It’s three years and more since Daniel spoke to me privately. That is to say, he speaks to me readily enough when there are others present, at a reception, for example, or a family dinner when his sister Julia visits from California, infrequent though these events are. Then he acts as if things are normal between us. Otherwise, he doesn’t call and has specifically forbidden me to visit him at the shop where he works. At a certain point, he invited me not to update him about the family by email, saying he needed peace. What mother could argue with that? On the other hand, what mother could bear it? So, to make the unbearable bearable, I decided to write about him because that will be a way to open the flow of my dammed up love for him.
As soon as I made that decision, I said to myself, “But I don’t know him.” It’s been a long time now, for one thing, and he has always been an enigmatic character. “Proceed on a path of discovery then,” I sagely advised myself. Begin at the beginning.
Daniel is a second child, born almost to the day, on his sister’s first birthday. (See Daniel’s Birth Day https://115journals.com/2014/02/07/daniels-birth-day/ ) Just this week, I learned that this makes him an Irish twin, either a scathing and racist judgement on those who have their children close together or a tribute to the Irish lust for life and vitality. Certainly, my mother-in-law greeted the news that I was “expecting” again negatively. It wasn’t wise in her opinion. But, even though it was 1961, he was planned and not an accident.
His father and I decided as teenagers to take control of our lives, although it entailed the embarrassing process of journeying to the main library branch and signing out the books on birth control that were kept behind the counter. Study and a basal thermometer had done the trick.
(The oral contraceptive, whose imminent arrival had been toasted by madcap pre-med students at a New Year’s Eve party I attended in 1957, was on the market by 1962. I did not share their faith that such a miracle was possible.)
We decided to have our first child when I was in my second year of teaching. I knew I would be required to give up my job, but by then Blake had a teaching job of his own in another city. Obviously, pregnant women were frowned upon in the classroom then. There were a few married women on staff, but none with children as I recall.
(At the end of Christmas vacation in my first year of teaching, I came into the women’s staff room -yes, segregated staff rooms- and someone asked rather archly, “And what did you do for your holiday, Miss Hood?” I had been the object of pity all fall as I struggled with discipline. “I got married,” I replied. The sharp intake of breath around the entire table was deeply satisfying.)
Once Julia was born, the question was when, not whether, there would be a second. Blake was an only child and I was the one for those “My sister was an only child” people. In other words, I was six when my first sibling was born. Such children are regarded by psychologists as “only” children. Not a good thing, Blake and I had concluded. My reading led me to believe that waiting until Julia was two would make the adjustment harder for her. Age one or three, were easier, I had read. The trouble was that I had been terribly nauseated for the first trimester, nauseated for the second and still able to vomit right to the end. If I didn’t get going, I would lose my nerve.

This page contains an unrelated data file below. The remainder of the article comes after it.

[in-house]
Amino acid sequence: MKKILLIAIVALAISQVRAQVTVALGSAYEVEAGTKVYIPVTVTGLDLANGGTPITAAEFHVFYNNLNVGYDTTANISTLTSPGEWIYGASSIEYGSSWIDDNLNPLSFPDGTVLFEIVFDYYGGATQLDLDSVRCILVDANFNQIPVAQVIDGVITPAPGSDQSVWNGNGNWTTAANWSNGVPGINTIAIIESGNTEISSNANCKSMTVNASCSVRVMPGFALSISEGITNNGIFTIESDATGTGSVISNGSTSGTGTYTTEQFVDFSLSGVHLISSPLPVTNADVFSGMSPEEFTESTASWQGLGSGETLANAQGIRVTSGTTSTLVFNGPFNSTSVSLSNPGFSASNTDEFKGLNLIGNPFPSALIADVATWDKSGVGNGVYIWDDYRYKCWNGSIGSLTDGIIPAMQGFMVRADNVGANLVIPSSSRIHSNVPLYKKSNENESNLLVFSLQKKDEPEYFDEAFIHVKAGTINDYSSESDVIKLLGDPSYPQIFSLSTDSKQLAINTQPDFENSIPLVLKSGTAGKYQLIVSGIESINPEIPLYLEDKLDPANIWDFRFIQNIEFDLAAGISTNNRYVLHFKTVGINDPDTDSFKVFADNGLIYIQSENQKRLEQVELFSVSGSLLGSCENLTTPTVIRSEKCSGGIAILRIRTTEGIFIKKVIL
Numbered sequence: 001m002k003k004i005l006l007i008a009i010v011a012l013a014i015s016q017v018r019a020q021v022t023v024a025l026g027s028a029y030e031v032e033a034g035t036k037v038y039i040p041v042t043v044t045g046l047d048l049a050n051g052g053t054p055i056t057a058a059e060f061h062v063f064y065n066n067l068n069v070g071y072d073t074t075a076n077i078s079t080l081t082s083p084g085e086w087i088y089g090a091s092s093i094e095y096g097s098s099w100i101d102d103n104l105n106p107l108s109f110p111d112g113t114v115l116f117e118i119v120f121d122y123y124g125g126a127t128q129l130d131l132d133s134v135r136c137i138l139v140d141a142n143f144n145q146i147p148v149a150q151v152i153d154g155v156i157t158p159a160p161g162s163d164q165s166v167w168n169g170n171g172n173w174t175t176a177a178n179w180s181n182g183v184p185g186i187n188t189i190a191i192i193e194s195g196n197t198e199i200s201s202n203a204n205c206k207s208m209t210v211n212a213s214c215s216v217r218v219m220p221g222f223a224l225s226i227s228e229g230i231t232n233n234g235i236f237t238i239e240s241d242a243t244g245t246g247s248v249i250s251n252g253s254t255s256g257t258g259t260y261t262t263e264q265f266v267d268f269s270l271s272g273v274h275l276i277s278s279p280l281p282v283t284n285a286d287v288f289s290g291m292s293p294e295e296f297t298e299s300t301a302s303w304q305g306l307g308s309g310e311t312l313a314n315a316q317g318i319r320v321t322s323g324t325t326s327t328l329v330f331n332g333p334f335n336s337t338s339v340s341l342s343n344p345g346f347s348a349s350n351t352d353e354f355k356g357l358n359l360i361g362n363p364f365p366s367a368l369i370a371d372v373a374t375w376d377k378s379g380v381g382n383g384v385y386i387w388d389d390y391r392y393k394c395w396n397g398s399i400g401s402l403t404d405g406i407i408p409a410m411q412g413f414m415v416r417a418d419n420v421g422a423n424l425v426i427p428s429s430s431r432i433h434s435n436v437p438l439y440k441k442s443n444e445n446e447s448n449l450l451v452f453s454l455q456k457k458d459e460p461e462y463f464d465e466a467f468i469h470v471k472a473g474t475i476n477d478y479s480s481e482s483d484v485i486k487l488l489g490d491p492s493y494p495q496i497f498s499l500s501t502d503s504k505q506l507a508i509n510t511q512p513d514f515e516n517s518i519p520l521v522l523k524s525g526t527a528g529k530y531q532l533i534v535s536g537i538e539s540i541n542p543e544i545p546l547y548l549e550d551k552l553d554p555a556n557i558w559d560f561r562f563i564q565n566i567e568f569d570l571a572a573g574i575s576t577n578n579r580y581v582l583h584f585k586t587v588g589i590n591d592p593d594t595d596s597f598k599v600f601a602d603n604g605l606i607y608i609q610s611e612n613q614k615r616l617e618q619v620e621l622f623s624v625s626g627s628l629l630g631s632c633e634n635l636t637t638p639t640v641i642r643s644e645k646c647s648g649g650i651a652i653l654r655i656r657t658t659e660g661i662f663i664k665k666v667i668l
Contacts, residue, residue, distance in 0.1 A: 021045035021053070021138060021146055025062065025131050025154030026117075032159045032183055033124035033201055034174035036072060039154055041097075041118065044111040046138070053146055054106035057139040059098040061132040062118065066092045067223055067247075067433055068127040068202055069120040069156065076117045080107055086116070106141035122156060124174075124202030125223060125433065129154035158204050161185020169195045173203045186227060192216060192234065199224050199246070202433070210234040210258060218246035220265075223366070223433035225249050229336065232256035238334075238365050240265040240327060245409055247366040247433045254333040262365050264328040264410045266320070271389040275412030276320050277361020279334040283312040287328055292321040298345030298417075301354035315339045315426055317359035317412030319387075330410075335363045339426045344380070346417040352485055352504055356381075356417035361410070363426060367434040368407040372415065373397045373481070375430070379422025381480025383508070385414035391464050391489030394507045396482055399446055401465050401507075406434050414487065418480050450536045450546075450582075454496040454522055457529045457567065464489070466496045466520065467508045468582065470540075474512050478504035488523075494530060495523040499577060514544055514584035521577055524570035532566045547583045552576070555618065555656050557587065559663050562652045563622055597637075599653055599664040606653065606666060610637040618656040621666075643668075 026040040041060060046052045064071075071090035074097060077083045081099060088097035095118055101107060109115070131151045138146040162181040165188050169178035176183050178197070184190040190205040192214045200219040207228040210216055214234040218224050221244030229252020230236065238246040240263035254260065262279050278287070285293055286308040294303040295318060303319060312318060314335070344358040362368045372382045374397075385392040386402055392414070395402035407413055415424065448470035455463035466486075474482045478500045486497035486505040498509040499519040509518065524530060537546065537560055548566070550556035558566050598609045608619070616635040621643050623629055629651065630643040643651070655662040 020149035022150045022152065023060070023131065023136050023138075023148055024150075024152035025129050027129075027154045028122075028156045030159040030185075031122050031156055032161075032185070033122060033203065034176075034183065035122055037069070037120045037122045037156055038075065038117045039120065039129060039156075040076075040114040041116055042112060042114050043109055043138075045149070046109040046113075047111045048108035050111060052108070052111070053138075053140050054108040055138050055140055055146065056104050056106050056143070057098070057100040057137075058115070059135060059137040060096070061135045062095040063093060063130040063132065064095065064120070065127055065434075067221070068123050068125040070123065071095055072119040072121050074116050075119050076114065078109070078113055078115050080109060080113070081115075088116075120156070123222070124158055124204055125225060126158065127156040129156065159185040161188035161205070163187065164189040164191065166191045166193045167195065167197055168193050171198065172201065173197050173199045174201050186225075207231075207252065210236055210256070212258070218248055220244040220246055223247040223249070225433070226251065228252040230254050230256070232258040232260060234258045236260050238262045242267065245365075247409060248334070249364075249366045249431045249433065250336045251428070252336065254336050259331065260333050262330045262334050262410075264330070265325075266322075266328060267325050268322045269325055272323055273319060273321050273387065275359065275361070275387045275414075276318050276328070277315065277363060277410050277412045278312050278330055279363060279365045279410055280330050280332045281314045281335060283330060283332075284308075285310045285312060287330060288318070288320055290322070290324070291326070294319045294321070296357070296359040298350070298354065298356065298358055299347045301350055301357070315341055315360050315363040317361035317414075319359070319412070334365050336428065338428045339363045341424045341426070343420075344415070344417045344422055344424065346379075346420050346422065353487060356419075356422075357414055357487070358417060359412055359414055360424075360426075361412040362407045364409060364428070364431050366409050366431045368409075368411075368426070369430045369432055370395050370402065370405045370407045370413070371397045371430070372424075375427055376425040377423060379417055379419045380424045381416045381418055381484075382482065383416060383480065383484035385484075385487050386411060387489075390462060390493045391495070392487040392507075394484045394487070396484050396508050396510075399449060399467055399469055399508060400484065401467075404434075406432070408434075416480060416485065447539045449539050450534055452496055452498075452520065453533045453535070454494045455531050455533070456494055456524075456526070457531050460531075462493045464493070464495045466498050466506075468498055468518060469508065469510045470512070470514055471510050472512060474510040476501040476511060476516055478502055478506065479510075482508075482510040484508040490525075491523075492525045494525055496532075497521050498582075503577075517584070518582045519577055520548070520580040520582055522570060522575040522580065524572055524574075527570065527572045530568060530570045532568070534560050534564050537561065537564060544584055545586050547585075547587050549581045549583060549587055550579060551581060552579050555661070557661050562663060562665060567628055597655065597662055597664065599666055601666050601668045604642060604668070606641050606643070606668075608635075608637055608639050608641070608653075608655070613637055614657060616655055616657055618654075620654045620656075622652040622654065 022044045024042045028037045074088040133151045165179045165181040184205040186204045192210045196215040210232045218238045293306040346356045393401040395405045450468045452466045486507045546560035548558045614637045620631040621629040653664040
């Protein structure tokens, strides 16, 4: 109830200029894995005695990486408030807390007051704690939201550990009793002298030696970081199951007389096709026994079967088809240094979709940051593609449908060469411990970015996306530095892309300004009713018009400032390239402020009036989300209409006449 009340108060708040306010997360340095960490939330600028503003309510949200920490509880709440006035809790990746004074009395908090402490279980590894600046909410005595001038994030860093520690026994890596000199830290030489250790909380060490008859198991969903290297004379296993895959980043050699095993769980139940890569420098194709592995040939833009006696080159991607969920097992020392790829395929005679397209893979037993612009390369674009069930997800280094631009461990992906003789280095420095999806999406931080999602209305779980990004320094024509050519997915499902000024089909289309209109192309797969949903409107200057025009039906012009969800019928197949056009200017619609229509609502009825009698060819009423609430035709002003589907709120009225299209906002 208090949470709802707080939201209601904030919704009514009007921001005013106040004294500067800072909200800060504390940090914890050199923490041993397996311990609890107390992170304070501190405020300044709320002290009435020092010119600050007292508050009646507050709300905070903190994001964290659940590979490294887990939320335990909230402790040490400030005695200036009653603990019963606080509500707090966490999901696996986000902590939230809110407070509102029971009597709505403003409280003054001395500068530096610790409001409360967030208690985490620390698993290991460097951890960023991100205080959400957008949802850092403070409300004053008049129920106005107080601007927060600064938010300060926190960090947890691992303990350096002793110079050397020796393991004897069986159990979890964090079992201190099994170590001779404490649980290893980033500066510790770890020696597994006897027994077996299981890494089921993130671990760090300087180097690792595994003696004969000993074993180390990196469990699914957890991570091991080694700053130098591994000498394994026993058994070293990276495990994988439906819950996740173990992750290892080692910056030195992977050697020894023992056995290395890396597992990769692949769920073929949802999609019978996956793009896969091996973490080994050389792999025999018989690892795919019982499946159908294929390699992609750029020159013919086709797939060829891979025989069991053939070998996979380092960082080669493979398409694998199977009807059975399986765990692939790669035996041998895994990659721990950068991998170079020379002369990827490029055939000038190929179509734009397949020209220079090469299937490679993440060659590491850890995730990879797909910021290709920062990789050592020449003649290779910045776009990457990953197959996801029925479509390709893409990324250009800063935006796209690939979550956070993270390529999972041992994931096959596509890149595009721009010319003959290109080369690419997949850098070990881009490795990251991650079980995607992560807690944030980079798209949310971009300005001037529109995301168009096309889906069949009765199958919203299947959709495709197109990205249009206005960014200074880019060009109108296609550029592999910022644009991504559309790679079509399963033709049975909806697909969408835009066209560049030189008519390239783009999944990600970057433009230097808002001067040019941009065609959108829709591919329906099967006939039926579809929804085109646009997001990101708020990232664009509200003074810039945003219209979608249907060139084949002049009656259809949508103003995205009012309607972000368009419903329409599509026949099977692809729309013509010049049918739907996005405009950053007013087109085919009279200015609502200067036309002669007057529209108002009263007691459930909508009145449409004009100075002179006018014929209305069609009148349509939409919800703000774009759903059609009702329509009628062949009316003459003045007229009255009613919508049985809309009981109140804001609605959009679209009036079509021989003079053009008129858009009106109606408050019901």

Was it a wise decision? Probably not. Health-wise, for me, at any rate although Daniel has turned out to be healthy. But it would have been a better idea to give my body a rest, especially since I was actually even more nauseated during the second pregnancy and of course tired from looking after baby Julia and lugging her increasingly heavy self around.
And those were the days of cloth diapers. The diaperman showed up twice a week with 72 diapers, which I had to fold. One of toddler Julia’s favourite games was grabbing the freshly folded pile and throwing it on the floor. When I heard hysterical laughter from the kids’ room, I knew I had to get there fast.
So it was way too much work and not the kind of work I was good at. Which may have been the reason I had them close together. I was bored by it, so doubling it at least challenged me.
(I know, I know, I’m a terrible person, incapable of settling in and enjoying the miracle of childhood -its slowness, its playfulness, its repetition. I think that takes more mental health than I have ever had at my disposal.)
The why of it eludes me. Blame it on those selfish genes, wanting to replicate, seeking immortality.
Next time: the unknowable baby Daniel
So poignant and relative to my life: miracle of childhood -its slowness, its playfulness, its repetition. I think that takes more mental health than I have ever had at my disposal.)
odd that! As long as I connect with one reader, it’s worth writing.
Seems as though there is a good dose of Irish present in our genetic make-up….multi-generational Irish! As for mental health???…..I hear it’s overrated.
We’ll have to go by rumours in this case.
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